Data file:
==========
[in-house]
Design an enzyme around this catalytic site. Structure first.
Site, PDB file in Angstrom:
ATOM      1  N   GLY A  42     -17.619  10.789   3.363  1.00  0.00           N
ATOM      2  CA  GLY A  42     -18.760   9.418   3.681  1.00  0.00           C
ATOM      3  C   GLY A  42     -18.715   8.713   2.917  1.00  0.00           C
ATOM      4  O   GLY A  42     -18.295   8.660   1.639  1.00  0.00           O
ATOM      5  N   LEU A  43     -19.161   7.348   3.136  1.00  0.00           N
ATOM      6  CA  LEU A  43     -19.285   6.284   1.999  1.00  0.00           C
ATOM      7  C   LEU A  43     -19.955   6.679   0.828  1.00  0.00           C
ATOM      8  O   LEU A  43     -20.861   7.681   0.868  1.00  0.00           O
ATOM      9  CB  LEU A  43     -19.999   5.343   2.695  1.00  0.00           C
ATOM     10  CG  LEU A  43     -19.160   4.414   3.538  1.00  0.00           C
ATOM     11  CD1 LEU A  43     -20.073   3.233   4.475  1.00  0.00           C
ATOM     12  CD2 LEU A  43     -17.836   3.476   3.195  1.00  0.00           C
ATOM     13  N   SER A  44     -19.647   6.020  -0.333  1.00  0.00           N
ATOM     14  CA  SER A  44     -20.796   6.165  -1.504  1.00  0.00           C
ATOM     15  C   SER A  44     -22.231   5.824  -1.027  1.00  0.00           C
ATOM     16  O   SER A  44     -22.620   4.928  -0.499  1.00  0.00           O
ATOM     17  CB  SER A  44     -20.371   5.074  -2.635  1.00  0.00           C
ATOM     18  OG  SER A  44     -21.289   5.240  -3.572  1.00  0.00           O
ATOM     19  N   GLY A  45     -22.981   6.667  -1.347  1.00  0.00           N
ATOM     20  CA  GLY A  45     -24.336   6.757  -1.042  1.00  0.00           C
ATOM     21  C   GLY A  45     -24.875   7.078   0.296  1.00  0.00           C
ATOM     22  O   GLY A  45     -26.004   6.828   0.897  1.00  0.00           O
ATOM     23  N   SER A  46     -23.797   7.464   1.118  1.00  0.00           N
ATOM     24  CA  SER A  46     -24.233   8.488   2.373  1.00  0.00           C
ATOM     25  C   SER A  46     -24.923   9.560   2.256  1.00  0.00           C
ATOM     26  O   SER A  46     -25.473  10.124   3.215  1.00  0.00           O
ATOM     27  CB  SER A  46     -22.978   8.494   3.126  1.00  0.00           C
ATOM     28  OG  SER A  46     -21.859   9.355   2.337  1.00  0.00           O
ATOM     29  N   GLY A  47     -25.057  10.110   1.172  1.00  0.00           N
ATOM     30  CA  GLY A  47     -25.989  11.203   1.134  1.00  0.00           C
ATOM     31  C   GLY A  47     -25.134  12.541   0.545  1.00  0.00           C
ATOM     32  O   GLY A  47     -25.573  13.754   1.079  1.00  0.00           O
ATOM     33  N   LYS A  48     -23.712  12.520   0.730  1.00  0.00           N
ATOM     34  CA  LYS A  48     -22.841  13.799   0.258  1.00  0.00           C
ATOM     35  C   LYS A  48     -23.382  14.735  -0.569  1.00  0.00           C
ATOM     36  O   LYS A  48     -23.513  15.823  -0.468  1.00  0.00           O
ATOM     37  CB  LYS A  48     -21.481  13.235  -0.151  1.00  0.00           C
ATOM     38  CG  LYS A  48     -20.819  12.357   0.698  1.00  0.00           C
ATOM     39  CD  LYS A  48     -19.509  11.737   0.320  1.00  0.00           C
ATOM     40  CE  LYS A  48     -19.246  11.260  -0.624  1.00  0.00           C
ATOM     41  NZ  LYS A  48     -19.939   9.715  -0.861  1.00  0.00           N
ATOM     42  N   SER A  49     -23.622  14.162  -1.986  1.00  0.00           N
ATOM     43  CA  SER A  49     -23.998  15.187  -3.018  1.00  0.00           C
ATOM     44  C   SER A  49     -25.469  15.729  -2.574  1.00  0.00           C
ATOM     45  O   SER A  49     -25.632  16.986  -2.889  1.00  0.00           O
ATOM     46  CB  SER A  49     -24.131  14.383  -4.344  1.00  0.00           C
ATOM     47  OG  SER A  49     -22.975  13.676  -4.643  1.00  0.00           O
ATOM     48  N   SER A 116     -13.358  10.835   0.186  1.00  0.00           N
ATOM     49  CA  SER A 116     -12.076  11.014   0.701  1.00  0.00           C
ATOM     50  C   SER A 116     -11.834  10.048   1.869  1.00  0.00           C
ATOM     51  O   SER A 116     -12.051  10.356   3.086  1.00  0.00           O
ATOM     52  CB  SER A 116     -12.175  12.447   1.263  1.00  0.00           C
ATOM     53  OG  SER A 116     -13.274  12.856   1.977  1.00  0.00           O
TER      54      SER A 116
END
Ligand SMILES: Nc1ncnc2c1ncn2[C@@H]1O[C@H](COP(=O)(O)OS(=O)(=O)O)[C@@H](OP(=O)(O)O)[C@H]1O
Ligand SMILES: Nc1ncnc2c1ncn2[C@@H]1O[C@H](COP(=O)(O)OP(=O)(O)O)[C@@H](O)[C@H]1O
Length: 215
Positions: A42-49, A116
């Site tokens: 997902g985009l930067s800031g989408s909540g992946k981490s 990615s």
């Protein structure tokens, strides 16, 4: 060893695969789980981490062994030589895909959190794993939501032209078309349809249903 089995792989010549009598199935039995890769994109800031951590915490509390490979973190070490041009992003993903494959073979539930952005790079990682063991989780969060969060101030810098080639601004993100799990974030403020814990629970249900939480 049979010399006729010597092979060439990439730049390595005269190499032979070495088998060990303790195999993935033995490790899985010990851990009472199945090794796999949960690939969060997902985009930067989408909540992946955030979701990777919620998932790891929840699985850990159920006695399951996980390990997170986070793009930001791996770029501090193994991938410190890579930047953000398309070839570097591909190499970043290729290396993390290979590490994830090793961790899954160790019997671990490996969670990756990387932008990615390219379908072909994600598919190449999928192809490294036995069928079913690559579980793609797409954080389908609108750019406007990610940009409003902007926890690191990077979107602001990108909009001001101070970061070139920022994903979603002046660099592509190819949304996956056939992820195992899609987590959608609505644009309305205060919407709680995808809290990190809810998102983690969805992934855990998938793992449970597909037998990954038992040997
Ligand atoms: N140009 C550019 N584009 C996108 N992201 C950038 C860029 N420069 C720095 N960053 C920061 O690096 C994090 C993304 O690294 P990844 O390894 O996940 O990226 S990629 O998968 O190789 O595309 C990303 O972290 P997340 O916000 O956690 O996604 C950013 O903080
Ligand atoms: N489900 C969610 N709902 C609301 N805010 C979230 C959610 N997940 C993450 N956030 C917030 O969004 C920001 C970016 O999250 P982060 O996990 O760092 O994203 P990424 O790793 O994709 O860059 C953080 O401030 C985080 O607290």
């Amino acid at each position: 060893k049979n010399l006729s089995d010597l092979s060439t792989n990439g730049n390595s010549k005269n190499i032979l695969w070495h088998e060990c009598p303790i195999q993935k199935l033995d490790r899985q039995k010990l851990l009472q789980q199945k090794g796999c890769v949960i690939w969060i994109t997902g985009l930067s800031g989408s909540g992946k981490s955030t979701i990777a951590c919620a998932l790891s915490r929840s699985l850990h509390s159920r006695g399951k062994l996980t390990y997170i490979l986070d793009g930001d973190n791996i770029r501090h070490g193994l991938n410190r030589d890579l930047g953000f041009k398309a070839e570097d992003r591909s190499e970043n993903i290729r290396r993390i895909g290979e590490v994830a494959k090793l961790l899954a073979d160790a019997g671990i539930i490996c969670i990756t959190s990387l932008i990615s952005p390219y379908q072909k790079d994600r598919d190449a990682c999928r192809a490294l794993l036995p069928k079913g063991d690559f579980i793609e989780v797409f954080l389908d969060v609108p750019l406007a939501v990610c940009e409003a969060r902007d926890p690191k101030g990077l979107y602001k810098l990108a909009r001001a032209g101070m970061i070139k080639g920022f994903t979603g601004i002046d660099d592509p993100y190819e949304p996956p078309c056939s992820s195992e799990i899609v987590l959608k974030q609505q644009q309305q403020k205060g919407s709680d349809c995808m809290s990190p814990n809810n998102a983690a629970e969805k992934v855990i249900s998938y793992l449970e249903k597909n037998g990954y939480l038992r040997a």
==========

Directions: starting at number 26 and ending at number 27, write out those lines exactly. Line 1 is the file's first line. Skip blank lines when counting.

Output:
ATOM     23  N   SER A  46     -23.797   7.464   1.118  1.00  0.00           N
ATOM     24  CA  SER A  46     -24.233   8.488   2.373  1.00  0.00           C